There isn’t an arch-nemesis as exciting and more perfect for their hero than the Joker. Maybe it’s because he’s the ideal opposite and foil visually, or perhaps it’s just because he embodies the craziness in us all. Either way, he’s undoubtedly one of the most despicable villains out there, especially when you consider his acts in Alan Moore and Brian Bolland’s The Killing Joke or in Jim Starlin and Jim Aparo’s Death in the Family. But what if those acts weren’t in the name of evil, but for the greater good? The greater good in the Joker’s mind is the perfect Batman.
It’s often noted the Joker pushes Batman in various ways to become the best version of himself, or at the very least, some larger lesson for Batman to consider. It’s never more obvious than in Christopher Nolan’s The Dark Knight, which featured Heath Ledger portraying Joker as an agent of chaos, but also a man who sees Batman similar to himself. The Dark Knight‘s entire purpose is to show Batman a better way to be a vigilante by making Joker the hero. If Ledger didn’t tragically pass away, The Dark Knight Rises would have shown how Joker continues to push Batman (Christian Bale) and make him a better hero for an unfair world.
When viewing The Dark Knight through the lens of Joker as the hero, it’s rather obvious he’s attempting to do good things in a not so moral way. His acts of terror end up getting people killed, but on the flip side, Batman’s exploits end up getting buildings blown up, and by the film’s end he’s lying to an entire population about their “White Knight” Harvey Dent, all for the greater good. That’s a “good” not up to Batman to decide — even Lucius Fox (Morgan Freeman) hates what Bruce is doing with his tech — whereas the Joker creates situations for people to make the right and wrong decisions. You see it with the two ferries at the end of the film. The people can decide to do the wrong thing and murder, or do the right thing and die together. While his tactics are deplorable, he’s teaching the people a valuable lesson and ultimately doing good for the entire community as they find the salvation of their morality and ethical value.
By the end of the film, Joker has effectively cleaned up the streets, reducing the various mobs to nothing, proving to the hundreds of folks on the ferry what they truly are inside, and making a point that we’re all in this together. He’s brought Gotham together. It requires Batman to lie to reverse it all. Some hero.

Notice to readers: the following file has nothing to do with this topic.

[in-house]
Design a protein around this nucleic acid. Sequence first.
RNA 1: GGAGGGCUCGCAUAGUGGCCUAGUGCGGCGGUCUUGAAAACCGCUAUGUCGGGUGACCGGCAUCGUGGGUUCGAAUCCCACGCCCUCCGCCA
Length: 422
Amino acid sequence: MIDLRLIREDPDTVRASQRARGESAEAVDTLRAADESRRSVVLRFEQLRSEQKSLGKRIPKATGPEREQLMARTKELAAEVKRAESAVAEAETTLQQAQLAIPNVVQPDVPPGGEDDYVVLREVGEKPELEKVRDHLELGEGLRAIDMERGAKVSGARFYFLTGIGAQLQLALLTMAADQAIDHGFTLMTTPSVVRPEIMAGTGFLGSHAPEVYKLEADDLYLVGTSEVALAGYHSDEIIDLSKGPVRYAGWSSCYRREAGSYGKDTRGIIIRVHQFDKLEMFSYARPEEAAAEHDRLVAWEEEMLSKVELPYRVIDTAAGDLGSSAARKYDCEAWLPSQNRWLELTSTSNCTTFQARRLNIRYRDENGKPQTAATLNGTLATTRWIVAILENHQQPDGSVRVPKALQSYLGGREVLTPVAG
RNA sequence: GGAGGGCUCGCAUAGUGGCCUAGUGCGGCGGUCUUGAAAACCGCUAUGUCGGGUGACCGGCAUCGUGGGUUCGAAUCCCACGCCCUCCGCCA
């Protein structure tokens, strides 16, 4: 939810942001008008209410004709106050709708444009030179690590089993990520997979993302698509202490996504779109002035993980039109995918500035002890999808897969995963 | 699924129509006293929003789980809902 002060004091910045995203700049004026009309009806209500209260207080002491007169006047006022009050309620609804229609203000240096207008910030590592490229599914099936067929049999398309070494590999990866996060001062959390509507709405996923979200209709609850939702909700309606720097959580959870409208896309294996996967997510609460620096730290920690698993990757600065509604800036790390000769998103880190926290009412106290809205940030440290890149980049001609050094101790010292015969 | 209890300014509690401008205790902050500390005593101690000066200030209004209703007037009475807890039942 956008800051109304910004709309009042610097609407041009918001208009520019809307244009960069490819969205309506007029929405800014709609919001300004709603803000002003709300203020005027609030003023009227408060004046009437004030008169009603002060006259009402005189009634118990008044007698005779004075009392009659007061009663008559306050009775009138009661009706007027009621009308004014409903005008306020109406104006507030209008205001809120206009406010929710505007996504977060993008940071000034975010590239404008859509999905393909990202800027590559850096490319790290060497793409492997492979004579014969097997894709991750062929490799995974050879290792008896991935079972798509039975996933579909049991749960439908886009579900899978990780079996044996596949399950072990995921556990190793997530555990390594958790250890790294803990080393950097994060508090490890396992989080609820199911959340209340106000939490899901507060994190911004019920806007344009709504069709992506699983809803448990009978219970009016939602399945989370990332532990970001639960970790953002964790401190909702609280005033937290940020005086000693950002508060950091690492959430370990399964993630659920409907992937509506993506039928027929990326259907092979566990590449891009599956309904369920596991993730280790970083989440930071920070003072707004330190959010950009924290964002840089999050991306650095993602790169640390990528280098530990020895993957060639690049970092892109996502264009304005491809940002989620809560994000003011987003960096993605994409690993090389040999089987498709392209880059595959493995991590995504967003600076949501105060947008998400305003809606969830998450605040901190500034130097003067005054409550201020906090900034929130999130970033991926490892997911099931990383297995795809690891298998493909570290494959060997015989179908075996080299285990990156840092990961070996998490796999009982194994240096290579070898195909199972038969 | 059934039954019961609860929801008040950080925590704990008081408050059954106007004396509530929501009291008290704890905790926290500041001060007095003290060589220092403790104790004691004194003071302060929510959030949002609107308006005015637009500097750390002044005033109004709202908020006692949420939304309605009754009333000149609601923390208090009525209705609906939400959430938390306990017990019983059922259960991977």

Joker is also a guy who isn’t actively involved in his schemes but gets others to do them. At Harvey’s hospital bedside, Joker tells Harvey he didn’t rig the charges and was in Commissioner Gordon’s “cage” after all. Batman, on the other hand, is literally breaking legs. By this account, Joker is a leader doing his best to show people what they are, and on the flip side, Batman is using physical force to enact change and make criminals reform. By the end of the film, Batman and Gordon (Gary Oldman) join forces to actively lie to the people of Gotham. Keeping up this lie is only going to lead to failure, and ultimately a corruption of the very people who held their decision-making abilities over the populace.
A ton has been said about Nolan not wanting to do a third Batman film, or that there was no plan before Heath Ledger passed away, but it’s quite apparent there was a track Batman was placed on that would’ve required the Crown Prince of Crime to reemerge. Certainly the movie studios wanted him back thanks to all the hype, and the fact that Joker brings in bucko bucks. You can see it in the two-act structure that was set up with The Dark Knight. This film established Joker and his point of view and the idea of a morally bankrupt Batman willing to use Harvey Dent as a symbol for good and never believing the people of Gotham could get to a better place on their own. That’s a road he can’t come back from unless, of course, there’s a purple suit wearing villain ready to take him a bit further along his journey.
In a capitalist society like our own, Joker is the true hero for everyone. He doesn’t let politicians or mobsters decide our fate, but gives us all the opportunity to fight or swim with the sharks and die. I truly believe the third Batman film would have been different if Heath Ledger hadn’t passed away. Likely Batman would have woken up from his self-exile, broken physically and perhaps more so emotionally, only to discover Joker stronger and more justified than ever. Batman is a blunt instrument who enacts violence to create some sense of justice on a person-to-person scale, whereas Joker is fixing the system from within via his schemes and big ideas. A third film could have explored Joker’s rise from two-bit criminal to a hero of the people — possibly taking a route similar to Sean Murphy’s Batman: White Knight — while Batman watches in disgust and misery. It’s in that muck of misery that he would rise up, blend his physical vigilantism with Joker’s master planning, and become a greater hero in the process.
The Dark Knight Rises certainly took this approach to Batman but had to do so with an underdeveloped and boring villain in Bane. Tom Hardy did a good enough job, but the film felt rushed, overstuffed, and conflicted with its premise. How can Batman overcome his greatest failure when the Joker was the man who put him there and now is nowhere to be seen? Christopher Nolan and Jonathan Nolan may have had no plan in place for the third film, but it’s evident from the deeper meaning within Dark Knight that a logical path needed to be taken to make a perfect trilogy. Heath Ledger’s passing meant that perfection couldn’t be achieved, but when you consider Joker was the hero of the second film working to better ol’ Batsy, it’s obvious the third film would have been the period on Joker’s greatest scheme yet. And that’s no joke.